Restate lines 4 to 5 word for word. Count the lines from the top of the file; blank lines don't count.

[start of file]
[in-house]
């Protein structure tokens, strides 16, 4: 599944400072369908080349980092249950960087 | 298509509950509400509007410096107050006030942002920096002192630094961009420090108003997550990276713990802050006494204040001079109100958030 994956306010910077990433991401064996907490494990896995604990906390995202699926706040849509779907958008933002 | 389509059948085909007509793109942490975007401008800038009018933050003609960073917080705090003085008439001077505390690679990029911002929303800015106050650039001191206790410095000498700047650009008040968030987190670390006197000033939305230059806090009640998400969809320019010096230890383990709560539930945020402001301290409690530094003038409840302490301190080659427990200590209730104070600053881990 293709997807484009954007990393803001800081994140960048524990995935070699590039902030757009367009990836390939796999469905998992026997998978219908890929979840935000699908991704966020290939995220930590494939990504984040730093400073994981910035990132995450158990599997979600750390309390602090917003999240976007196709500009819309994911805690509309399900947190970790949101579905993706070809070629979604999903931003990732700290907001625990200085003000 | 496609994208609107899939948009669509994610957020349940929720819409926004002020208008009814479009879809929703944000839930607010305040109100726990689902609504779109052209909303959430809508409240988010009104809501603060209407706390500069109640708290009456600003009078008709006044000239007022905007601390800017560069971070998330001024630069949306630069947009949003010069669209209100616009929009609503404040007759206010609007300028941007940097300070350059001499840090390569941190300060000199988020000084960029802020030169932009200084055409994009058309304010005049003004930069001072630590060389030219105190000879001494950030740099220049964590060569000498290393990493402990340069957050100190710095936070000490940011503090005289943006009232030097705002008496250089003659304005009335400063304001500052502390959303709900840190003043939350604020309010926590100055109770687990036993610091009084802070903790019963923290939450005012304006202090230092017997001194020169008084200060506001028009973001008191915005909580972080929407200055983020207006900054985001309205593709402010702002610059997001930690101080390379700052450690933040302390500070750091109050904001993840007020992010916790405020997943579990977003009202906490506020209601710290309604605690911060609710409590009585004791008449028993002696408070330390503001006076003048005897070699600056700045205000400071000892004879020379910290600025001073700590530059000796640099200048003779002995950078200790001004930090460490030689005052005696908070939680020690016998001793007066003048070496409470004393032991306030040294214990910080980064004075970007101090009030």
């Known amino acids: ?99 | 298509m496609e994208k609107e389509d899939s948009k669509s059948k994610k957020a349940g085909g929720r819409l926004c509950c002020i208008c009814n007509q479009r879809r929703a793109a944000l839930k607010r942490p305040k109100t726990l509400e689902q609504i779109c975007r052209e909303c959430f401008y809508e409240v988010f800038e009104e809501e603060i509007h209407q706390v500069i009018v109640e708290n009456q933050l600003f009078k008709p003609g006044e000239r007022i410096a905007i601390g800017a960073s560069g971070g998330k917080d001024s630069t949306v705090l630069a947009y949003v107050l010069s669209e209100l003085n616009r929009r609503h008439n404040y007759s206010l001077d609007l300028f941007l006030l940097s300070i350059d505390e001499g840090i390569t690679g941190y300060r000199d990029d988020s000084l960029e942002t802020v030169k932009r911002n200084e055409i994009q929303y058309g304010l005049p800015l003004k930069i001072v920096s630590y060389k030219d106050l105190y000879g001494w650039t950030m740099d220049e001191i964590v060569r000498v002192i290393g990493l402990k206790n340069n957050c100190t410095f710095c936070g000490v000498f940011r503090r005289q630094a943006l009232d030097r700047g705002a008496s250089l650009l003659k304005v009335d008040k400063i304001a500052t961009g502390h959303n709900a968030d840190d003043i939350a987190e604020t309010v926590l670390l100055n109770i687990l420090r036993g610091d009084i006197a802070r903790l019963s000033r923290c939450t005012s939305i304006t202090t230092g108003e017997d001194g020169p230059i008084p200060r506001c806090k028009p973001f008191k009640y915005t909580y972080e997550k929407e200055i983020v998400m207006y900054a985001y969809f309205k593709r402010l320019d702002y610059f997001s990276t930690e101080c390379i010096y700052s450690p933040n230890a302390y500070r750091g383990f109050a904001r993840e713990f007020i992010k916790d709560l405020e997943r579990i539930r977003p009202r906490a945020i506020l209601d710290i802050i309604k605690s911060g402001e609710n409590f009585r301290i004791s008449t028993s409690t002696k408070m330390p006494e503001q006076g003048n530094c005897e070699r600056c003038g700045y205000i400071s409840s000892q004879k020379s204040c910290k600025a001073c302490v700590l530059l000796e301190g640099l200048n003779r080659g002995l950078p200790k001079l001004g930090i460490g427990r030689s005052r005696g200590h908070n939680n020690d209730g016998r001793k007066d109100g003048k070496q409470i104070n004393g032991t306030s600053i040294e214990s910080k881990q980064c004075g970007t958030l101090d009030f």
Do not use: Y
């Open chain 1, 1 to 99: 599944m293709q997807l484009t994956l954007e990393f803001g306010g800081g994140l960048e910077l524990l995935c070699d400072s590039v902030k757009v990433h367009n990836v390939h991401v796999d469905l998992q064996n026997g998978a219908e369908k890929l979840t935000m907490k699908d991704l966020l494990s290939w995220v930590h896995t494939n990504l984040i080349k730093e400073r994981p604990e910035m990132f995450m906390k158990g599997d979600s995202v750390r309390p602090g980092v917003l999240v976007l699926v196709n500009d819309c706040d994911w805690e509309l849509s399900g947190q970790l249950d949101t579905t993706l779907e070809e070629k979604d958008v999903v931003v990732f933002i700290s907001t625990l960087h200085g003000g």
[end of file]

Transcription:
Do not use: Y
């Open chain 1, 1 to 99: 599944m293709q997807l484009t994956l954007e990393f803001g306010g800081g994140l960048e910077l524990l995935c070699d400072s590039v902030k757009v990433h367009n990836v390939h991401v796999d469905l998992q064996n026997g998978a219908e369908k890929l979840t935000m907490k699908d991704l966020l494990s290939w995220v930590h896995t494939n990504l984040i080349k730093e400073r994981p604990e910035m990132f995450m906390k158990g599997d979600s995202v750390r309390p602090g980092v917003l999240v976007l699926v196709n500009d819309c706040d994911w805690e509309l849509s399900g947190q970790l249950d949101t579905t993706l779907e070809e070629k979604d958008v999903v931003v990732f933002i700290s907001t625990l960087h200085g003000g």